This Summer Laura and I did some photographical work for a friend Laura had met the previous Summer in Seattle at a street market. The project this friend was undertaking is a boutique-ish line of natural and fair-trade wool clothing made in Uruguay. The project, called El Origin Wool, has features many beautiful ideas as well as fashion, even though I myself don’t care that much for fashion itself. Friend of the project, Annie Costner, was all kinds of fun to work with and I was very happy to do some film photography for the shoot. Most of the highlights of which were posted by Laura at our collaborative website, Drt & Ink, and the digitals along with a great writeup about El Origin have been posted on Laura’s blog. (Recognize the scooter in those shots? Thats my Kermit..)
Heart of mine! What strange surprises
Mount aloft on such a stair!
Some great vision upward rises,
Curving, bending, floating fair.
This is Michal Angela Wilson. Dear friend, genuine soul. Portland, Oregon, December 2009.
This summer I’ve gained two new friends in Portland, both of which I’ve enjoyed the summer with.
Manolin the bike:
Kermit the Vespa:
(Vespa photo courtesy of Laura Dart who’s in town this week)
I thought perhaps I should post this since I mentioned it in my previous post.
What happened was that my friends Ryan and Holly and their son Pax had planted a single Allium flower next to the sidewalk at their house and Pax would run out an get excited to see the flower every time they came out the front door. Some time last week, someone cut off the flower and stole it, leaving Holly with the task of explaining to her two year old what happened to the flower – now every time they went outside. Holly left a note describing this, hoping the theif would see the note on their next trip past the house, and at its very least understand the implications of their actions.
So a couple days ago, there appeared another Allium plant, in a pot, on the doorstep. Its impossible to tell whether it was put there by a guilty-feeling thief or an empathetic neighbor, but Pax quickly regained his love and excitement for the flower as they planted it in the yard, replacing the old one. See Holly’s blog about it here. I hope she doesn’t mind me telling the story.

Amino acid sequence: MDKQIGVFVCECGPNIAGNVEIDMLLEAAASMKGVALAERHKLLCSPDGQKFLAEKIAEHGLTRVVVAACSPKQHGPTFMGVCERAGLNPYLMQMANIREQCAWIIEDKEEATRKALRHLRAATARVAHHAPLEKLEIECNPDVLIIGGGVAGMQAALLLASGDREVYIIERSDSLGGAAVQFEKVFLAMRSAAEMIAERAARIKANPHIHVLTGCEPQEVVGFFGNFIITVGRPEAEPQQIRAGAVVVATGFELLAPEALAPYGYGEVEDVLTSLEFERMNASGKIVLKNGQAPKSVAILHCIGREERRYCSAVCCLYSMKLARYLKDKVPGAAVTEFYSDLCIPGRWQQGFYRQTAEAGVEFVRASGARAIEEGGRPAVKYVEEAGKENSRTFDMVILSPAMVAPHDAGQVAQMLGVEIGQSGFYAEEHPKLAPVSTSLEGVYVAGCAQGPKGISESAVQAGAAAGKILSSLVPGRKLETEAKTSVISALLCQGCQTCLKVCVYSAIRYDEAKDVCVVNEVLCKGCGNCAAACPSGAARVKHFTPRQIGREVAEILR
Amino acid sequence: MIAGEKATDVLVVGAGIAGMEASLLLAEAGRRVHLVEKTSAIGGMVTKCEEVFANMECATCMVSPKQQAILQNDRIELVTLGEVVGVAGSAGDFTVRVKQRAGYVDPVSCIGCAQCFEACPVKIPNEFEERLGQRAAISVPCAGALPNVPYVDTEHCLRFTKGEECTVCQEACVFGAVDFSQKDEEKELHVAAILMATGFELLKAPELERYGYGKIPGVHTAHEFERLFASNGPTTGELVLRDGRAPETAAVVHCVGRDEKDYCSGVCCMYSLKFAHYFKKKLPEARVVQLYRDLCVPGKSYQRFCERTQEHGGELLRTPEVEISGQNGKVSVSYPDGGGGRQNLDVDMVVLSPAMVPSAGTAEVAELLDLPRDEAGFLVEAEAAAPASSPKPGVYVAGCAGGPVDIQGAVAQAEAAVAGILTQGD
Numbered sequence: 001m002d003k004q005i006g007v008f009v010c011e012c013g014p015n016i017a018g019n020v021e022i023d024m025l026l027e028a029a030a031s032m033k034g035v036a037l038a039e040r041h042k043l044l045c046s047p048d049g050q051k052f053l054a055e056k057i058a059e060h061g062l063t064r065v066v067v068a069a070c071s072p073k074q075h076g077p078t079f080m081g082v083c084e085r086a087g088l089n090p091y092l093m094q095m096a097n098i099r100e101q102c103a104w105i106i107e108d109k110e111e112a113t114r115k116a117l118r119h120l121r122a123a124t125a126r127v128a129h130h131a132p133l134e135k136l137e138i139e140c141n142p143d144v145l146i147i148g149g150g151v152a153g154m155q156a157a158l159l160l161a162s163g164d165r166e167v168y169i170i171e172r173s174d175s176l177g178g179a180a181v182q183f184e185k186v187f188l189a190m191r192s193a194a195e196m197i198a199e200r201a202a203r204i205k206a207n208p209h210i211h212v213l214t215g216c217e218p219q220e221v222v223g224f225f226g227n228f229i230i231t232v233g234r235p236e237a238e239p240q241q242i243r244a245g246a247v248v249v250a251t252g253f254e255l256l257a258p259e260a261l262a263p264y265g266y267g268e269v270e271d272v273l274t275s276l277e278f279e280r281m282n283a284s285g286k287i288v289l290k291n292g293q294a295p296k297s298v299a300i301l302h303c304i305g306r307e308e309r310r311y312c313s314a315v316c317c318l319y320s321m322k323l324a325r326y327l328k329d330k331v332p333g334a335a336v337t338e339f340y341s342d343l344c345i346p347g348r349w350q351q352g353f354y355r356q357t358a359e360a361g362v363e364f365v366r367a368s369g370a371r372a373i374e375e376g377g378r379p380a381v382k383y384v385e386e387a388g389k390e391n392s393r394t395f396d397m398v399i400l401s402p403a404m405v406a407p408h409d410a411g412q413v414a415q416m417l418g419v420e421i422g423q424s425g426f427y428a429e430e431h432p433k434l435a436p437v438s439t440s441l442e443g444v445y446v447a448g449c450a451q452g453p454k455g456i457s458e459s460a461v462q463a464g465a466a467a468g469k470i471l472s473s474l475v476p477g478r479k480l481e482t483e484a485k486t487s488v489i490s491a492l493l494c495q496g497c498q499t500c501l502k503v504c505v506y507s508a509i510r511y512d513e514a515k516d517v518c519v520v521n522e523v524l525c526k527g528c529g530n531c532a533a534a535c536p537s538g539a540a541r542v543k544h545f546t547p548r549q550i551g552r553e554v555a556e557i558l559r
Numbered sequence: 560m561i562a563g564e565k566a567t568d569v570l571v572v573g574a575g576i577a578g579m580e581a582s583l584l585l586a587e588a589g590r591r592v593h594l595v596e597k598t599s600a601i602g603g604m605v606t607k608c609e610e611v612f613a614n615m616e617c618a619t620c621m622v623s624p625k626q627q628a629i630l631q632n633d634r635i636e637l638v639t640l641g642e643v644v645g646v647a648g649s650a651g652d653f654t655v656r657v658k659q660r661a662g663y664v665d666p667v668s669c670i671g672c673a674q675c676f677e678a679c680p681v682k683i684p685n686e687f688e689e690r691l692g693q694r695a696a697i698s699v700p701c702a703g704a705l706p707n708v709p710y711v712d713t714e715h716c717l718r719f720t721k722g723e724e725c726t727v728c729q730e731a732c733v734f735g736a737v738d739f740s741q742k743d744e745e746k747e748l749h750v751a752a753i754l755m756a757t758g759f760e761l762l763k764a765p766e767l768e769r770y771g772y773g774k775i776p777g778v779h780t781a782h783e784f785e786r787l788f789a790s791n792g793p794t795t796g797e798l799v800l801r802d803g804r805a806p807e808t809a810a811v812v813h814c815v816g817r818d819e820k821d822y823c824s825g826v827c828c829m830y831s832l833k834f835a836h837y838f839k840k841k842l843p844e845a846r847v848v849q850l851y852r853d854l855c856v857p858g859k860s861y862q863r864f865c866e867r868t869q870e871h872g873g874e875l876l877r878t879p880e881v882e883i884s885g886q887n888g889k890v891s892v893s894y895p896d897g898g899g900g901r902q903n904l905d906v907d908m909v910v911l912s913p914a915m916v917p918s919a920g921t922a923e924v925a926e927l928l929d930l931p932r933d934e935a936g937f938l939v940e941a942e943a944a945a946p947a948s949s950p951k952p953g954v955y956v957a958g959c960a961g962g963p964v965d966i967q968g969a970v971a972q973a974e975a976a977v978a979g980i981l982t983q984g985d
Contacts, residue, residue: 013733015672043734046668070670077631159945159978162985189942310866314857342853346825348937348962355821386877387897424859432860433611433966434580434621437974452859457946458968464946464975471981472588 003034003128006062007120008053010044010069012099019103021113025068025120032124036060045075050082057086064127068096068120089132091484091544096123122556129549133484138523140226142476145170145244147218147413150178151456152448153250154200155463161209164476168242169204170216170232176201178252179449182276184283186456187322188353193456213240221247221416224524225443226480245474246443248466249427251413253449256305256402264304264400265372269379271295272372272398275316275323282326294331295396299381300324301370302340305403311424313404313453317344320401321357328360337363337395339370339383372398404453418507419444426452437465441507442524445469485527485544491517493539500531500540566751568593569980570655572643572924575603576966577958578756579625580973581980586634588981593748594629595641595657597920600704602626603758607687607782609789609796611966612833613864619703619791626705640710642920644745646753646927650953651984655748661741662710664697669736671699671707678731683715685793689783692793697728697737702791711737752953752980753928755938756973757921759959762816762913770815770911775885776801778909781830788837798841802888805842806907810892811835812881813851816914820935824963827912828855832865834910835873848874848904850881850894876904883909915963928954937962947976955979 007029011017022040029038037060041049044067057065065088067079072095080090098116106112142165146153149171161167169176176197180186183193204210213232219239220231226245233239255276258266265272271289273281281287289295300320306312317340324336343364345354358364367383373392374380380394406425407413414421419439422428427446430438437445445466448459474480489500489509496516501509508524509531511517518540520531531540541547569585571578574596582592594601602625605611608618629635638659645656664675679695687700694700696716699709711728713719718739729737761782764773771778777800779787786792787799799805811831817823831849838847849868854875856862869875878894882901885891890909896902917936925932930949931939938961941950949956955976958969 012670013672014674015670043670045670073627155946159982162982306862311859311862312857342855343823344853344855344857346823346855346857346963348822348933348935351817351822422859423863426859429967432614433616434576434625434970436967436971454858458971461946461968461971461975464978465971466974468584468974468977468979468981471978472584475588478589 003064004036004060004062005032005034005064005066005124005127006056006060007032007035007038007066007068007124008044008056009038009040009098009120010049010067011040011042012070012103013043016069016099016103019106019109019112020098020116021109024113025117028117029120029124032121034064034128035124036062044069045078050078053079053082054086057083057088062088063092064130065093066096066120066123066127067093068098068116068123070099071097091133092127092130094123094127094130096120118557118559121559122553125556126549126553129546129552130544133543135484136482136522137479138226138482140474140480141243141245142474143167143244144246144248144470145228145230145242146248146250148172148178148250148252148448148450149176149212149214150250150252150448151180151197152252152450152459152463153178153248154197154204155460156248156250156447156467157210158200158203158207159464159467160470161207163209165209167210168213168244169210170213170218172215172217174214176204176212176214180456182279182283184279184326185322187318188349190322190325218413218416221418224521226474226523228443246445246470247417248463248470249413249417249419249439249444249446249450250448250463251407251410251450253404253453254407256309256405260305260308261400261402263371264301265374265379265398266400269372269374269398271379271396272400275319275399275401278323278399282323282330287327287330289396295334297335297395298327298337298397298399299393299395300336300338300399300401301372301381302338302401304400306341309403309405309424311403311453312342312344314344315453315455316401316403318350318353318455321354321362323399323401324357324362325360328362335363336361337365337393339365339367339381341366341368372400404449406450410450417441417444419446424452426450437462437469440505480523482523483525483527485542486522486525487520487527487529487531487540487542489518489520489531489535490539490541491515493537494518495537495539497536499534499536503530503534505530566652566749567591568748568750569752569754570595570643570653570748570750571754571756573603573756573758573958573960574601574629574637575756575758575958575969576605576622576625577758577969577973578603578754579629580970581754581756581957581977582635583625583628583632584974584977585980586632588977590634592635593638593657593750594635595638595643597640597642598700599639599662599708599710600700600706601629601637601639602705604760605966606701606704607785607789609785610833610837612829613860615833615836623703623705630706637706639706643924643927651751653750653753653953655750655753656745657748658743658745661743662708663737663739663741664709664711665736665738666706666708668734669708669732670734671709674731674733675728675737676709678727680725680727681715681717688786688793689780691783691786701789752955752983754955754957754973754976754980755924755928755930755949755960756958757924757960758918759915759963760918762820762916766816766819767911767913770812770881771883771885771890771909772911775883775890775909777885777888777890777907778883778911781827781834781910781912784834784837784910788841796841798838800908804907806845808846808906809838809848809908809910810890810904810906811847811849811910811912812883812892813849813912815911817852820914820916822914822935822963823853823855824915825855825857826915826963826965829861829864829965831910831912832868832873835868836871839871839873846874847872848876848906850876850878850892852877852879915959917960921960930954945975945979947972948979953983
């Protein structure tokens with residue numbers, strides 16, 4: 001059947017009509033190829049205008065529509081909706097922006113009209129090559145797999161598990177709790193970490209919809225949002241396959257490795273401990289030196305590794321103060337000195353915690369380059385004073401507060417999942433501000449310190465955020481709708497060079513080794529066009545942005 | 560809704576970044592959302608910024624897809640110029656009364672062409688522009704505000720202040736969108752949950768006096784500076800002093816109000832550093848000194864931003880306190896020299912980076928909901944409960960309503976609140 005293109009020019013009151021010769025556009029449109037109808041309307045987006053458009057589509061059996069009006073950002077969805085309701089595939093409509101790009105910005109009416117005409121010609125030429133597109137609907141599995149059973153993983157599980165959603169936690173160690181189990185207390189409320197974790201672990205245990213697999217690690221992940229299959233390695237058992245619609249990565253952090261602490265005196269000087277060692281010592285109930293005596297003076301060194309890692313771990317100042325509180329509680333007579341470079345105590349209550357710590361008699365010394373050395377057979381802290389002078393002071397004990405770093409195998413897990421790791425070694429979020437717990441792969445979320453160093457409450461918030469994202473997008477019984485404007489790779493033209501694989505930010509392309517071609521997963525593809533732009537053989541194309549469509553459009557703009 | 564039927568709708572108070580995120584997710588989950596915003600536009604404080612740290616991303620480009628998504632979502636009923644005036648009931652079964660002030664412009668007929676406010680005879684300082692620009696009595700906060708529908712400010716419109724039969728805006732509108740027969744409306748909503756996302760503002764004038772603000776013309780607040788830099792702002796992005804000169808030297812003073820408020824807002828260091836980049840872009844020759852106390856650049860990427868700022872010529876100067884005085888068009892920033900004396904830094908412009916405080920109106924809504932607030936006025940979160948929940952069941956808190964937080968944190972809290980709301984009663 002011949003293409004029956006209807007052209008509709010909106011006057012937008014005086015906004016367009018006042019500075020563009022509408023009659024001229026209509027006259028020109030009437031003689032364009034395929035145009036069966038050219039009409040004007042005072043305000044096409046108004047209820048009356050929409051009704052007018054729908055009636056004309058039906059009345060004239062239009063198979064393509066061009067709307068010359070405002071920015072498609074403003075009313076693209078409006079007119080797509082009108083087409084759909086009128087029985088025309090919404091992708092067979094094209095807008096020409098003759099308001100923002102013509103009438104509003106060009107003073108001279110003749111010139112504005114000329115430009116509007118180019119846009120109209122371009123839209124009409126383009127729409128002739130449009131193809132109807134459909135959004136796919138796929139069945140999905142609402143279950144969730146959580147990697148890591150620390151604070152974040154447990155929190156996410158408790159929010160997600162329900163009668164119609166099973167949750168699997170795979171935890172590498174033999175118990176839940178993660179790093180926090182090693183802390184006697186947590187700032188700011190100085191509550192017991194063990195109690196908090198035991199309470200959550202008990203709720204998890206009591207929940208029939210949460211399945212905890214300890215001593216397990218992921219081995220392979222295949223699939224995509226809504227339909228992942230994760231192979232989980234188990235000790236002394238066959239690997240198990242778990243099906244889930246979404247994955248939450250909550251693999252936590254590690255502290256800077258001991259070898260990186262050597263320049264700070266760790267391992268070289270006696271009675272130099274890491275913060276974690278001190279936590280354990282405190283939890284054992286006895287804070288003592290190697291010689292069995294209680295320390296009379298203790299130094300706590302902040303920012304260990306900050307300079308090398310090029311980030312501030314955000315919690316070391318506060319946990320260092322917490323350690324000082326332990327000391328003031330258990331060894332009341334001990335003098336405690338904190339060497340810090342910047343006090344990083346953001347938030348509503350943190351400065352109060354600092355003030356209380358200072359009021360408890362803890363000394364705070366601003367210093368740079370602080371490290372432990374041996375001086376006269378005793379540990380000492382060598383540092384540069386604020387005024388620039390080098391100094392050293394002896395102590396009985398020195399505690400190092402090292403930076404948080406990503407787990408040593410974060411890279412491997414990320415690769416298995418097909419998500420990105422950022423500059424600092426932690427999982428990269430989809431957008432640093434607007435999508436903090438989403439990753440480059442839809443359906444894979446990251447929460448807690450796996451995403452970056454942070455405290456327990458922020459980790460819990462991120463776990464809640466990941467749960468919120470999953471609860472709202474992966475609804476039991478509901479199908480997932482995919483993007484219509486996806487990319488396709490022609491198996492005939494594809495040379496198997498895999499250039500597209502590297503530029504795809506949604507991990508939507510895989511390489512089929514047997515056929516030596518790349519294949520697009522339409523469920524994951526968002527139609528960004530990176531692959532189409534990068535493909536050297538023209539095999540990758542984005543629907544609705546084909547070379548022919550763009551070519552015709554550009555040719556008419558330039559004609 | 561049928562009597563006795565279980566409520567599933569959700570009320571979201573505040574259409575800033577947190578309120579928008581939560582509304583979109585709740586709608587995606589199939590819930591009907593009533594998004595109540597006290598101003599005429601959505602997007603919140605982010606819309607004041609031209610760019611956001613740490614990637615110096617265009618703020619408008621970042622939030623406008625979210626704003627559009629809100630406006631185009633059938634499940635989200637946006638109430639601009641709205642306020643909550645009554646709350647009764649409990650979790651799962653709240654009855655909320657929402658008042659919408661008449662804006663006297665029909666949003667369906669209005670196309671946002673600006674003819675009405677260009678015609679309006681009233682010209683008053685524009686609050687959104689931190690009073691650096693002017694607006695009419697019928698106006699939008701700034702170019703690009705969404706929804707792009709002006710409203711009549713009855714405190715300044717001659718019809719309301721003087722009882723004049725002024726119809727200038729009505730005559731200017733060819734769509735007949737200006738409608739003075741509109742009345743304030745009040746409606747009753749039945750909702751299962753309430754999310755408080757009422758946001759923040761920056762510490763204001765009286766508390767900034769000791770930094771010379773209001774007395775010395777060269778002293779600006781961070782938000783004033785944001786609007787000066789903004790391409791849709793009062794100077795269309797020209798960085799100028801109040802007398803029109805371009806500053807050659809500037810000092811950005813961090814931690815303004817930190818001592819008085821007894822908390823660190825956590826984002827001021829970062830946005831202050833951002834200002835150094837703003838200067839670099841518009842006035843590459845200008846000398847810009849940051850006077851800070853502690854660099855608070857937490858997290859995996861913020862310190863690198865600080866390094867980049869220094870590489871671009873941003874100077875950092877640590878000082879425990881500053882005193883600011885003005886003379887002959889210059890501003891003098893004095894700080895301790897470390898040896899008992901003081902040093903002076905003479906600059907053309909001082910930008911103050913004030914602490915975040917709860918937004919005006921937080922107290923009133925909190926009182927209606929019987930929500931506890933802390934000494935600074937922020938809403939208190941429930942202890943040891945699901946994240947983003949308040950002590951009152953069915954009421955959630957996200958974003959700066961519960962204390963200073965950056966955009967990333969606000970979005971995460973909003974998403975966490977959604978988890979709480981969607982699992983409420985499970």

Daniel, who is staying with me for a while in Ryan and Holly’s basement, and I were about as excited and happy to see Pax so happy perhaps as he and his parents were. It was a beautiful day in the Sunnyside neighborhood.
This is Pax hugging his gifted flower:
I’ve traveled quite a distance in the past month or two. I have traveled to different parts of the country recently, though these are not the travel I refer to. Really, where I stand now is not so noticeably different from whatever vague moment could be considered a beginning. I only mention this because I’ve been what feels to me like racing through time, thoughts, emotions.Less of a journey through space, however, more of a journey through circumstances, intuitions, and feelings.
Travel of any kind always feels like a video on fast-forward, a feeling only reinforced by the speed with which a setting passes while driving in a car or the speed with which one experience or thought, feeling as though it will carry reverberation with you for a life time, is soon replaced with the next feeling deserving the same consideration as the last. It seems it was the rainy winter of Portland only a few days ago, and somehow all these memories from the past several months were only packed into the passing notions of a spontaneous song, soon to be forgotten as soon as my mind moves on to what’s next. I don’t desire to live life this way, and hopefully steps I take to form a better life for myself and for those around me will do just that. Slowness is my honest desire.